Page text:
Tuesday, 31 May 2011

Bill's Produce Store, Covent Garden

Once a virtuous and quirky place, situated in an old bus depot in the heart of Brighton, Bill's Produce Store has since been gobbled up by Richard Caring's vast restaurant empire (he of Le Caprice, Soho House, and The Ivy), and homogenised beyond all recognition.

Our visit to the Covent Garden branch (there are now five branches across the UK) was miserable. At first site, it's a replica of the original - kitted out in rustic, farm shop style - but that's where similarities end. We were seated at a ridiculously tiny table with our 11-month-old boy. They neglected to offer us a menu. Ten minutes in, a grumpy waiter became aware of our presence.

The menu bears no resemblance to Bill's original, which featured inventive salads and beautiful puds, all freshly made and seasonal. It reads like a poor imitation of Giraffe, a mishmash of standard tourist fare with no obvious theme: butternut squash risotto, burger and fries, fishcakes, thai green curry, lasagne, BLT. Tedious, and uninspired.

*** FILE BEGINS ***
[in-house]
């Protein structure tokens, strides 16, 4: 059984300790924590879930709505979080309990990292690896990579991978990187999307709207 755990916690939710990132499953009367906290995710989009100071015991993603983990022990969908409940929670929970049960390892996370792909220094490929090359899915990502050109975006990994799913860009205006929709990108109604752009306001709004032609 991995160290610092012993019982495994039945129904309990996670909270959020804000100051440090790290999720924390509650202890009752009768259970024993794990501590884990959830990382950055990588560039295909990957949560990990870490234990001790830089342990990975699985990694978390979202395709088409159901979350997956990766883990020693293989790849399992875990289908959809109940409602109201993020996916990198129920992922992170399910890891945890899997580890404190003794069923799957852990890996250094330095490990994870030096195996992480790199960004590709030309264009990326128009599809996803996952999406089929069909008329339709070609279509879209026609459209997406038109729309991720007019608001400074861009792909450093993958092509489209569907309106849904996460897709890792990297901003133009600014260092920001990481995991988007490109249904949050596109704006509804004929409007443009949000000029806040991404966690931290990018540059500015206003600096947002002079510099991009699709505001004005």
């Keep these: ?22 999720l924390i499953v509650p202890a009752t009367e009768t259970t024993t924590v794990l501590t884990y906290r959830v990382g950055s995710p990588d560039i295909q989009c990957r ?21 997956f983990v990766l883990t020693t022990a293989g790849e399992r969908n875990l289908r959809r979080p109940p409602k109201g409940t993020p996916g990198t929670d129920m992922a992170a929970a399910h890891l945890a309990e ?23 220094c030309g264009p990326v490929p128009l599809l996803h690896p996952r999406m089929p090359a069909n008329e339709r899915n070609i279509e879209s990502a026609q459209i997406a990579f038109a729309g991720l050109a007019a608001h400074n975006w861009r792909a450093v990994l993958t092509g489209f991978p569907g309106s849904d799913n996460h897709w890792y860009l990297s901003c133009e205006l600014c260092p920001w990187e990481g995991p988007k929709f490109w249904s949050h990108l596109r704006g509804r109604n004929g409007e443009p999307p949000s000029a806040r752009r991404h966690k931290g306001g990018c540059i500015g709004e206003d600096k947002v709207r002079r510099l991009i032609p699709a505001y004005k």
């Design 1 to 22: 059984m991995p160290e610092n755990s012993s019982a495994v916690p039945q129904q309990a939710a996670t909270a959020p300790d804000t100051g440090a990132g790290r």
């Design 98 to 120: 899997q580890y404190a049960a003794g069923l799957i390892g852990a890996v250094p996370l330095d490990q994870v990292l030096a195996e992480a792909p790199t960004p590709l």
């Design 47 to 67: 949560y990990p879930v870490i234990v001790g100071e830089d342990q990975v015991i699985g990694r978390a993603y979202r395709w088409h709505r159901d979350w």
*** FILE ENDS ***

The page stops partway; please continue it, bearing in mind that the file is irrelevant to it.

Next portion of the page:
Our two burgers took another 40 minutes to arrive, by which time Charlie had finished his lunch, and was itching to get out of his highchair. The meal wouldn't fit on the table, so we had to put drinks and chips on the floor, and the salad we had ordered was missing. With no apologies forthcoming, I found the manager, who gave us a couple of free drinks. She was doing her best with a bad lot: sullen lazy staff, mediocre food, a slow kitchen, and the place thronged with tourists. I didn't envy her.


How was the burger? It looked promising, in a light brioche bun, but was bland. Instantly forgettable. And most definitely not worth the wait. The meat was sub-standard and tasteless, and I couldn't detect any pickle or crunch.

In trying to satisfy the tourist trade, and devise a menu around a new business model rather than seasonality and fresh local produce, the concept behind the original Bill's Produce Store has been well and truly abandoned. What a shame.

Bill's Produce Store on Urbanspoon

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